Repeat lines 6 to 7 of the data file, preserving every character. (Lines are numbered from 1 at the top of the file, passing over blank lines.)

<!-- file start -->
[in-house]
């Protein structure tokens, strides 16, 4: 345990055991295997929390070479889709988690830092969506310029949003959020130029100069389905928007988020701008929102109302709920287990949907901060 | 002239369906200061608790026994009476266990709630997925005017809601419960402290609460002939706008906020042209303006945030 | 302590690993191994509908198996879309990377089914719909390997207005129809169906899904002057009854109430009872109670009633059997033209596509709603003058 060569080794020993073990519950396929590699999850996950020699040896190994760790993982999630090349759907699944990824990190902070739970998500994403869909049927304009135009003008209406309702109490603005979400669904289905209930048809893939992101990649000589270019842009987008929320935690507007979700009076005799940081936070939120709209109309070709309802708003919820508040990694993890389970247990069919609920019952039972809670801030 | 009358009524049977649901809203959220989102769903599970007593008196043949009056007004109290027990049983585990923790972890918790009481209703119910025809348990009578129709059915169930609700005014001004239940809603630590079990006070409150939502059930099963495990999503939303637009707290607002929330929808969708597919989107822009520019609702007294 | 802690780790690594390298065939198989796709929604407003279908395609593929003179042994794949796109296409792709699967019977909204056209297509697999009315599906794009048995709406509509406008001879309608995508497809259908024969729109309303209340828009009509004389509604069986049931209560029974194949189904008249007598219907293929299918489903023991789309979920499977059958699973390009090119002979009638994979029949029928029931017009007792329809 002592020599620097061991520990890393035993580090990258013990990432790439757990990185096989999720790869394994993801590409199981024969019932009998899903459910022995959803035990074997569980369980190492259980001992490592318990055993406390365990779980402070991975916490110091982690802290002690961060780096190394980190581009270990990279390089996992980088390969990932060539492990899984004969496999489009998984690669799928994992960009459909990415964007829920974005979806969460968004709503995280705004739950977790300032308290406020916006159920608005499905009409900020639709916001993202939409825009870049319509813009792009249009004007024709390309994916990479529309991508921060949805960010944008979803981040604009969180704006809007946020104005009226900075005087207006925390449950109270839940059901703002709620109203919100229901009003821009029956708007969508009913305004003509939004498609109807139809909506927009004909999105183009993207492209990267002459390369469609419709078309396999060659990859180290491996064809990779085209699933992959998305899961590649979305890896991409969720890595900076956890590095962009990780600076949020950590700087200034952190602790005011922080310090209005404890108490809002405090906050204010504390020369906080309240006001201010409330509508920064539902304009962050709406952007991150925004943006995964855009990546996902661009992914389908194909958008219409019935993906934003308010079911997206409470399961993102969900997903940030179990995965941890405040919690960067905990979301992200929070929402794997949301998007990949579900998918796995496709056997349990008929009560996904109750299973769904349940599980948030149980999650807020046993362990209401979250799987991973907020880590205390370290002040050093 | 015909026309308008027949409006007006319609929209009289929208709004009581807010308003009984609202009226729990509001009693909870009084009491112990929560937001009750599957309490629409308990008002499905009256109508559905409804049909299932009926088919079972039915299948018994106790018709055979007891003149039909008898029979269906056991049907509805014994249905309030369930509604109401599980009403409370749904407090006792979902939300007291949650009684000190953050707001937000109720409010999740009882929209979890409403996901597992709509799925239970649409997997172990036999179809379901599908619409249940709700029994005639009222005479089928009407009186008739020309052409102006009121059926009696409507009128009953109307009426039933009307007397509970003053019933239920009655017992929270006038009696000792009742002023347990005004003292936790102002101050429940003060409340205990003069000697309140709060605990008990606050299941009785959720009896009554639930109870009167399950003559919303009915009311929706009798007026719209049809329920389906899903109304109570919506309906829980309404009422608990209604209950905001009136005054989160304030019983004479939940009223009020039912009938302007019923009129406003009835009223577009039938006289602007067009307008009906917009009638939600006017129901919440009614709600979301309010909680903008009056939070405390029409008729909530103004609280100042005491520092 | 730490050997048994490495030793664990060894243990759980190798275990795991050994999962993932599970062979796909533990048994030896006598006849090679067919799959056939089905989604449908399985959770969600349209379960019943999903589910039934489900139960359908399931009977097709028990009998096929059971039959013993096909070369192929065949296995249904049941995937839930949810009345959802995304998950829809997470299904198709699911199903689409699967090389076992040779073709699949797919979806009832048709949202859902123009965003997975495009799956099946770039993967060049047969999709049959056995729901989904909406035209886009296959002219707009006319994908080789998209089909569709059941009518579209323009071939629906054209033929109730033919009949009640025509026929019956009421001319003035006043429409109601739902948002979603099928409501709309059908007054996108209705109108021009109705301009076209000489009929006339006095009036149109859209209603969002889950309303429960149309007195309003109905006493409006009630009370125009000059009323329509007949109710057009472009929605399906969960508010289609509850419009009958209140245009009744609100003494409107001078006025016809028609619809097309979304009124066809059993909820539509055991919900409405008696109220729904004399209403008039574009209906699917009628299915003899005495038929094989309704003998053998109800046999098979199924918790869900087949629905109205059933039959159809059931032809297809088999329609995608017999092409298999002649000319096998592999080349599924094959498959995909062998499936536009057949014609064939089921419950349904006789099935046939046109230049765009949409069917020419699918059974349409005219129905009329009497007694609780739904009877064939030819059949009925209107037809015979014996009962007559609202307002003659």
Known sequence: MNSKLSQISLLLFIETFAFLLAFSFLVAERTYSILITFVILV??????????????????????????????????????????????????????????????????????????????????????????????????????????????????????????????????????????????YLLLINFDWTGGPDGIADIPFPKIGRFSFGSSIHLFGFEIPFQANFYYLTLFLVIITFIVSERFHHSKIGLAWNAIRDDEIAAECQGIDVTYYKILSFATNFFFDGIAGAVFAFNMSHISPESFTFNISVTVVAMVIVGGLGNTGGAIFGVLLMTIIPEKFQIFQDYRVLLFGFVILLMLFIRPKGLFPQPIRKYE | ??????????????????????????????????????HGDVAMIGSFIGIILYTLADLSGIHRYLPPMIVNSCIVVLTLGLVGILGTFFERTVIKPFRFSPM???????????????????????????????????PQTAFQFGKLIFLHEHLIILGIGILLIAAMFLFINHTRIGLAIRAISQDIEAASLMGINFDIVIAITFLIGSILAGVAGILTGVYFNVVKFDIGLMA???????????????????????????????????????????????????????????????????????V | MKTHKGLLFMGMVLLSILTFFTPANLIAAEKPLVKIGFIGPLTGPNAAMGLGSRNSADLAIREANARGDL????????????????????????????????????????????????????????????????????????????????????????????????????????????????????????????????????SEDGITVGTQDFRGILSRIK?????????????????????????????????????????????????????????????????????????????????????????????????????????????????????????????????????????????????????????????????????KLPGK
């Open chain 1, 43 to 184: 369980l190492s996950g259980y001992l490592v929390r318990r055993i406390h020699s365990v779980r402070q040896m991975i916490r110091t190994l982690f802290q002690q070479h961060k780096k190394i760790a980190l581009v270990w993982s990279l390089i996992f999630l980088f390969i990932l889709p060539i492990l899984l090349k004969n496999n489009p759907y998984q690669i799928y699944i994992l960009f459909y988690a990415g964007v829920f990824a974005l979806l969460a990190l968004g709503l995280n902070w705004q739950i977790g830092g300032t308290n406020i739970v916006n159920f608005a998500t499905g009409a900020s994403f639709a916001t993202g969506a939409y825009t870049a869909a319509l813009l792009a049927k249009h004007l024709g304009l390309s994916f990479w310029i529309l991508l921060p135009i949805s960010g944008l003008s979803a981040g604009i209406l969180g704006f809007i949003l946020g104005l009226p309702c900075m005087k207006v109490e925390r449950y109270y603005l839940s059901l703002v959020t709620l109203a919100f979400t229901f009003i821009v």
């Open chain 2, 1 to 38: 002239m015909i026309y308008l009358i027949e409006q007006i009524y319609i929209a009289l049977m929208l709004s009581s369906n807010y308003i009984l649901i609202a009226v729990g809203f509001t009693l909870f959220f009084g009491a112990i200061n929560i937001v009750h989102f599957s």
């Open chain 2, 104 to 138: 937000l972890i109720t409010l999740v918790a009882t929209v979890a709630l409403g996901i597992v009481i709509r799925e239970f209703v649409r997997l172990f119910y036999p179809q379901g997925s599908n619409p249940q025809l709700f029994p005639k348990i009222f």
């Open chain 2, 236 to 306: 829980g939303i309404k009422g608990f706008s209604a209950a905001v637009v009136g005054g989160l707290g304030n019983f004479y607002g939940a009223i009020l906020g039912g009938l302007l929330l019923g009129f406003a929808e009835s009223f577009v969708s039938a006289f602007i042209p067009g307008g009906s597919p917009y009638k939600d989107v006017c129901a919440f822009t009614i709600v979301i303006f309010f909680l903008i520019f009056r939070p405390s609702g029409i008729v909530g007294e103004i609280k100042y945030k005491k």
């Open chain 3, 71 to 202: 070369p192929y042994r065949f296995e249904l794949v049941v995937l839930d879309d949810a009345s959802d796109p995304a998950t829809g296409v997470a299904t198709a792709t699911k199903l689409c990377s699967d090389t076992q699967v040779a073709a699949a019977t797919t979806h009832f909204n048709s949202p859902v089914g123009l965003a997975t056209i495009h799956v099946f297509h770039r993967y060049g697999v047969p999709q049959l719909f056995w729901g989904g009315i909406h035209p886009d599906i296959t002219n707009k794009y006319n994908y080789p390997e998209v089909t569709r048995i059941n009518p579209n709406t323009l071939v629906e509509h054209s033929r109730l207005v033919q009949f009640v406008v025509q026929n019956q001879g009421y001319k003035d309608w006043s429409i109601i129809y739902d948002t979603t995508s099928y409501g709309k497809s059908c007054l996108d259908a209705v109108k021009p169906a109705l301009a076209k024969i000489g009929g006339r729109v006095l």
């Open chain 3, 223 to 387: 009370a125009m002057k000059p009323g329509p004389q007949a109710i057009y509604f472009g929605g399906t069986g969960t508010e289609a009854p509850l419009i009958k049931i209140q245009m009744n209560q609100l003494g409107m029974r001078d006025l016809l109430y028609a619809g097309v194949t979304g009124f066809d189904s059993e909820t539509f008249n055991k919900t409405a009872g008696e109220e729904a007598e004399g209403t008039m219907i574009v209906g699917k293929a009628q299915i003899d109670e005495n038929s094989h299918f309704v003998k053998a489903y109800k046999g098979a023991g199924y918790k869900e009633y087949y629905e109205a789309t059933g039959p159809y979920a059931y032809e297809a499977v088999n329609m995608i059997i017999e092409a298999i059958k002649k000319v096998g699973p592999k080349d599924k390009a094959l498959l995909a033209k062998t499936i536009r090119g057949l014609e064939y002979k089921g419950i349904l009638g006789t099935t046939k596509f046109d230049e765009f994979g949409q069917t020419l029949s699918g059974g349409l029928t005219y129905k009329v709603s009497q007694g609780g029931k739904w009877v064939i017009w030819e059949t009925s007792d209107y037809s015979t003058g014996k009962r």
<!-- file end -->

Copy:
């Open chain 2, 104 to 138: 937000l972890i109720t409010l999740v918790a009882t929209v979890a709630l409403g996901i597992v009481i709509r799925e239970f209703v649409r997997l172990f119910y036999p179809q379901g997925s599908n619409p249940q025809l709700f029994p005639k348990i009222f």
């Open chain 2, 236 to 306: 829980g939303i309404k009422g608990f706008s209604a209950a905001v637009v009136g005054g989160l707290g304030n019983f004479y607002g939940a009223i009020l906020g039912g009938l302007l929330l019923g009129f406003a929808e009835s009223f577009v969708s039938a006289f602007i042209p067009g307008g009906s597919p917009y009638k939600d989107v006017c129901a919440f822009t009614i709600v979301i303006f309010f909680l903008i520019f009056r939070p405390s609702g029409i008729v909530g007294e103004i609280k100042y945030k005491k």